2. Facts

Petitioner pleaded guilty to, and was convicted of, one count of felony driving under the influence of alcohol, with a persistent violator enhancement. He was sentenced to a cumulative incarceration term of four years fixed, with fifteen years indeterminate. (State's Lodging A-1.)

Petitioner filed a direct appeal that was heard by the Idaho Court of Appeals, followed by a petition for review before the Idaho Supreme Court. (State's Lodgings B-1 to B-6.) Petitioner next filed a post-conviction action that was denied after appointment of counsel and an evidentiary hearing, and then he filed a notice of appeal. However, his appointed appellate counsel could not find any appealable issue arising from the post-conviction matter, and Petitioner himself eventually requested, and was granted, a voluntary dismissal of his appeal before it was adjudicated. (State's Lodgings C-1, D-1 to D-4.)

In his federal Petition for Writ of Habeas Corpus, Petitioner brings an Eighth Amendment claim that his sentence constitutes cruel and unusual punishment, and a Fourteenth Amendment equal protection claim that the persistent violator enhancement is used inconsistently. (Dkt. 1.)

3. Discussion

A. Eighth Amendment Claim

On direct appeal, Petitioner brought two "abuse of discretion" claims regarding the sentences he received and the state district court's failure to reduce the sentence upon the filing of Petitioner's Rule 35 motion. (State's Lodging B-1, p. 2.) Petitioner clarified in his appellate brief that he was not alleging that his sentence exceeded the statutory maximum (because the facts would not have supported such a claim). (Id., p. 3.) In its opinion addressing Petitioner's claims, the Idaho Court of Appeals addressed the sentencing claims under state law abuse of discretion standards, and did not on its own address the Eighth Amendment or any other constitutional provision. (State's Lodging B-3.)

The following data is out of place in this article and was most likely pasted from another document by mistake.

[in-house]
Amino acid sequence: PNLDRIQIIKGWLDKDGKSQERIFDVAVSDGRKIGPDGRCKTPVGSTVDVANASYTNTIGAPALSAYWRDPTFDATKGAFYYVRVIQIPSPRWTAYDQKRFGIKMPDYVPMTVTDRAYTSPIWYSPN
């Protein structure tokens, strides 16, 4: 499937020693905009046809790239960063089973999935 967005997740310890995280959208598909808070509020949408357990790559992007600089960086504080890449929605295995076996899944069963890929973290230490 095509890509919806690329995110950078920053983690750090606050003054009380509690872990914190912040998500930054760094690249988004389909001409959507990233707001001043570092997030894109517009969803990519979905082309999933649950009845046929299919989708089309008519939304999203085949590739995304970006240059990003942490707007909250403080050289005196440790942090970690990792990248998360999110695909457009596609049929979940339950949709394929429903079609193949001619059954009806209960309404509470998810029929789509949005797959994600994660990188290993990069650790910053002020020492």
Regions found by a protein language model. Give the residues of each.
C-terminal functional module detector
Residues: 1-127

Petitioner raised "a disproportionate sentence" as a claim in his post-conviction relief petition, but it was not pursued in the evidentiary hearing, nor was it addressed in the state district court's denial of the petition. (State's Lodgings C-1, C-2.) No substantive claim was ever adjudicated in the post-conviction appeal. Accordingly, the Court concludes that the Eighth Amendment claim is procedurally defaulted.

The Court alternatively denies this claim on the merits. By his own admission, Petitioner was sentenced to a term within the statutory limits for the DUI and the sentence enhancement. At the time the Idaho Court of Appeals rendered its opinion in 2009, precedent from the United States Supreme Court existed which does not support Petitioner's argument of a constitutionally excessive sentence. See Hutto v. Davis, 454 U.S. 370, 372 (1982) ("this Court has never found a sentence for a term of years within the limits authorized by statute to be, by itself, a cruel and unusual punishment"); Harmelin v. Michigan, 501 U.S. 957, 965 (1991) (affirming a Michigan court judgment sentencing the defendant to a statutory mandatory life sentence without the possibility of parole for possessing more than 650 grams of cocaine, and rejecting a disproportionate sentence argument). Because Petitioner's sentence is not contrary to Hutto or Harmelin, he is not entitled to relief under 28 U.S.C. §2254.